No, and that they have declined so badly in the last twenty years is the greatest proof possible that the public no longer values them.

    As Bob Jones pointed out the other day the foreign groups that own the NZ Herald and Stuff / Dom Post cant wait to dump them. The likes of TVNZ and TV3 can’t be far behind.

    Reply
    • Blazer

       /  26th April 2020

      because they are no longer viable in the face of new competition.

      Reply
  9. Duker

     /  26th April 2020

    I see that Justice Peters has released the decision for the second applicant (B) for habeas corpus over being detained under Level 4 lockdown.
    Both have asked for name suppression …death threats etc etc
    The arguments were the same but B isnt under home detention like A was.
    What jumped out for me was the Judge saying “B is an associate of A”
    No need to say a further word.

    Reply
    • The government has admitted that the lockdown rules breach civil rights…and are trying to work out a law that will enable them to enforce the rules at Level 2.

      Reply
      • Duker

         /  26th April 2020

        Civil Rights can be restricted by the Government
        ‘Limits on rights or freedoms are permissible if they are reasonable, prescribed by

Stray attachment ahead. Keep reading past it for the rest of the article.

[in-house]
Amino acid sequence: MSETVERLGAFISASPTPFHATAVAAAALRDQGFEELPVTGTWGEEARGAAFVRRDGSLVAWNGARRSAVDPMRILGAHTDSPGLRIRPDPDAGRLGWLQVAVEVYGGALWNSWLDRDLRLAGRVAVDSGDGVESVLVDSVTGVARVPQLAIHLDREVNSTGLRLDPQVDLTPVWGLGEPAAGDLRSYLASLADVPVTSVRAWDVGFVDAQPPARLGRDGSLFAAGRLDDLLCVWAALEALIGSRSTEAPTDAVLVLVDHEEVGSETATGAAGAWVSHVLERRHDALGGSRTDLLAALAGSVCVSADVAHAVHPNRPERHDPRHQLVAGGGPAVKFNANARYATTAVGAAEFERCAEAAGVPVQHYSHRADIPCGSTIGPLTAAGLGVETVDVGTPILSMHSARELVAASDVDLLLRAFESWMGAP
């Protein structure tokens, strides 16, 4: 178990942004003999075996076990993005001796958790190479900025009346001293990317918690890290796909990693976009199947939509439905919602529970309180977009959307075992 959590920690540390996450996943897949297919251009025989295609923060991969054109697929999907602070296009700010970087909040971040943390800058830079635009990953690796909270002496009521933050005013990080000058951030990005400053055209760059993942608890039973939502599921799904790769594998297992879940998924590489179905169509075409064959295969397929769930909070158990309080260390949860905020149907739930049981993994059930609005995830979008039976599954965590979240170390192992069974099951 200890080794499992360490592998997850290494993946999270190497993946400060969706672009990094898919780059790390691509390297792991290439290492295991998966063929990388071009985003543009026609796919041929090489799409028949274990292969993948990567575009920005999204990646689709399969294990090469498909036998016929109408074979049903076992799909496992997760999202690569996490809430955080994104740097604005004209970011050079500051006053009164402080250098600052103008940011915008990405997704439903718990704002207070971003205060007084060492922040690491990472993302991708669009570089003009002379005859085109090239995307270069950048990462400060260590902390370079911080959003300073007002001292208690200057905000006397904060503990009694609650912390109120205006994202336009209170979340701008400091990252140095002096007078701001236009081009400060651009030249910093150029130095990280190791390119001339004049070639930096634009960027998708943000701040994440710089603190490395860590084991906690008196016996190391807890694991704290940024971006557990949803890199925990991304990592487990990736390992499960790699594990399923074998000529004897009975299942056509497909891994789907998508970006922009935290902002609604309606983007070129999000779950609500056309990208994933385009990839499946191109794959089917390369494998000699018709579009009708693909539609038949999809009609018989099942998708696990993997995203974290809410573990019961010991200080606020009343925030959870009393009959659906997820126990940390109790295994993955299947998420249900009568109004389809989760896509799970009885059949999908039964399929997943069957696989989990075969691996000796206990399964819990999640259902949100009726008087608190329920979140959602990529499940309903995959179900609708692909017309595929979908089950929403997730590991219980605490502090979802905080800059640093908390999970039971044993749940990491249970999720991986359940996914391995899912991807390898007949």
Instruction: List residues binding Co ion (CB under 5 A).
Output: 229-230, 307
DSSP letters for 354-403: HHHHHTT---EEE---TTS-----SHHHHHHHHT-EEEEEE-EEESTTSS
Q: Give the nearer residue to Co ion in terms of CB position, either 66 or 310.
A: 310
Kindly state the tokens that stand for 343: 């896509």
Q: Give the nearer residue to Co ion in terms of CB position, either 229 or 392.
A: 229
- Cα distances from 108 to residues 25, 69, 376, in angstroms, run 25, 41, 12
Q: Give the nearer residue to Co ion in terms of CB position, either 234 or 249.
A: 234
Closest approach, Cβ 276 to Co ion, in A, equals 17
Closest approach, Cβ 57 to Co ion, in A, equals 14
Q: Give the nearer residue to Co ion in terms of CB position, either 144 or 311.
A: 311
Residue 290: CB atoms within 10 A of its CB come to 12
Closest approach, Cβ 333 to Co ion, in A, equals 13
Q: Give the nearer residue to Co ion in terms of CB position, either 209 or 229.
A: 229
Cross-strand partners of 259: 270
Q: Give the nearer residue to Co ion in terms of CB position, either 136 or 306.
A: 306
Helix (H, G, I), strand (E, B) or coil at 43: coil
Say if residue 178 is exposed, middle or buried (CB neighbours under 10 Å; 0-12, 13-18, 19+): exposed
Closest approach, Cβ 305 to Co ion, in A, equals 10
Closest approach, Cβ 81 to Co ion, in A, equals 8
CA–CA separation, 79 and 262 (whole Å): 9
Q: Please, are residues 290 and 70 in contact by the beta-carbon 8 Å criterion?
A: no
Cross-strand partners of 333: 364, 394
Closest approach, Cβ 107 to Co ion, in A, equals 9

law, and demonstrably justified in a free and democratic society.” Cabinet Advice

        which is also in the BORA

        Justified limitations
        S5. Subject to section 4, the rights and freedoms contained in this Bill of Rights may be subject only to such reasonable limits prescribed by law as can be demonstrably justified in a free and democratic society.

        They are in essence restrictions permitted by the Bill of Rights in unique circumstances

        Reply
        • Some people might not agree that the current ones fit that category.

          And if they do, why is the government admitting that they breach civil rights ?

          Reply
  10. Gezza

     /  26th April 2020

    Andrea Vance tries to pretend she’s not just a Jacinda fangirl & fails miserably.

    https://www.stuff.co.nz/national/politics/opinion/121247586/why-the-heroworship-of-jacinda-ardern-is-unhealthy

    Reply
  11. Corky

     /  26th April 2020

    I wonder if terrorists will get busy?The West is fractured. Governments and intelligence agencies will be overstretched contrary to what most people would think.
    Assets overseas will have limited chances to do surveillance and observations.

    Not good. Especially the huge lines of people all over the place. Let’s hope I’m wrong, and these nutters have more fear of Covid, then they do of us.

    Reply